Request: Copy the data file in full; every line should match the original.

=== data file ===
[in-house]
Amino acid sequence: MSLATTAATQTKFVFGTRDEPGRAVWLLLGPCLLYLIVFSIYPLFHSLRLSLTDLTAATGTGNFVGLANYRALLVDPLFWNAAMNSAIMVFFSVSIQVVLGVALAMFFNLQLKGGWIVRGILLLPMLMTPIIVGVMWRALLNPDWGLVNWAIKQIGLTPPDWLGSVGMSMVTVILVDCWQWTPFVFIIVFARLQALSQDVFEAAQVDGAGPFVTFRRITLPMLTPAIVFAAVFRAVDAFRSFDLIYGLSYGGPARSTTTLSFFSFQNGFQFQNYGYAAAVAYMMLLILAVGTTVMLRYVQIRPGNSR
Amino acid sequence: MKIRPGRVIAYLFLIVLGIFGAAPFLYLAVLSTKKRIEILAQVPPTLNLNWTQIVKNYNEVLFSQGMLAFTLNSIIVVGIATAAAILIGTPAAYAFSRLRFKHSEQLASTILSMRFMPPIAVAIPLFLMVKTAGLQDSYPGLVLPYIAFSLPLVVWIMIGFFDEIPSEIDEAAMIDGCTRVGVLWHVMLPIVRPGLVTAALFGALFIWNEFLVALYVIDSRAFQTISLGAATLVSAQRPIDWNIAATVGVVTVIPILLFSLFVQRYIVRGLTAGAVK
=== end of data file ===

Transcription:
[in-house]
Amino acid sequence: MSLATTAATQTKFVFGTRDEPGRAVWLLLGPCLLYLIVFSIYPLFHSLRLSLTDLTAATGTGNFVGLANYRALLVDPLFWNAAMNSAIMVFFSVSIQVVLGVALAMFFNLQLKGGWIVRGILLLPMLMTPIIVGVMWRALLNPDWGLVNWAIKQIGLTPPDWLGSVGMSMVTVILVDCWQWTPFVFIIVFARLQALSQDVFEAAQVDGAGPFVTFRRITLPMLTPAIVFAAVFRAVDAFRSFDLIYGLSYGGPARSTTTLSFFSFQNGFQFQNYGYAAAVAYMMLLILAVGTTVMLRYVQIRPGNSR
Amino acid sequence: MKIRPGRVIAYLFLIVLGIFGAAPFLYLAVLSTKKRIEILAQVPPTLNLNWTQIVKNYNEVLFSQGMLAFTLNSIIVVGIATAAAILIGTPAAYAFSRLRFKHSEQLASTILSMRFMPPIAVAIPLFLMVKTAGLQDSYPGLVLPYIAFSLPLVVWIMIGFFDEIPSEIDEAAMIDGCTRVGVLWHVMLPIVRPGLVTAALFGALFIWNEFLVALYVIDSRAFQTISLGAATLVSAQRPIDWNIAATVGVVTVIPILLFSLFVQRYIVRGLTAGAVK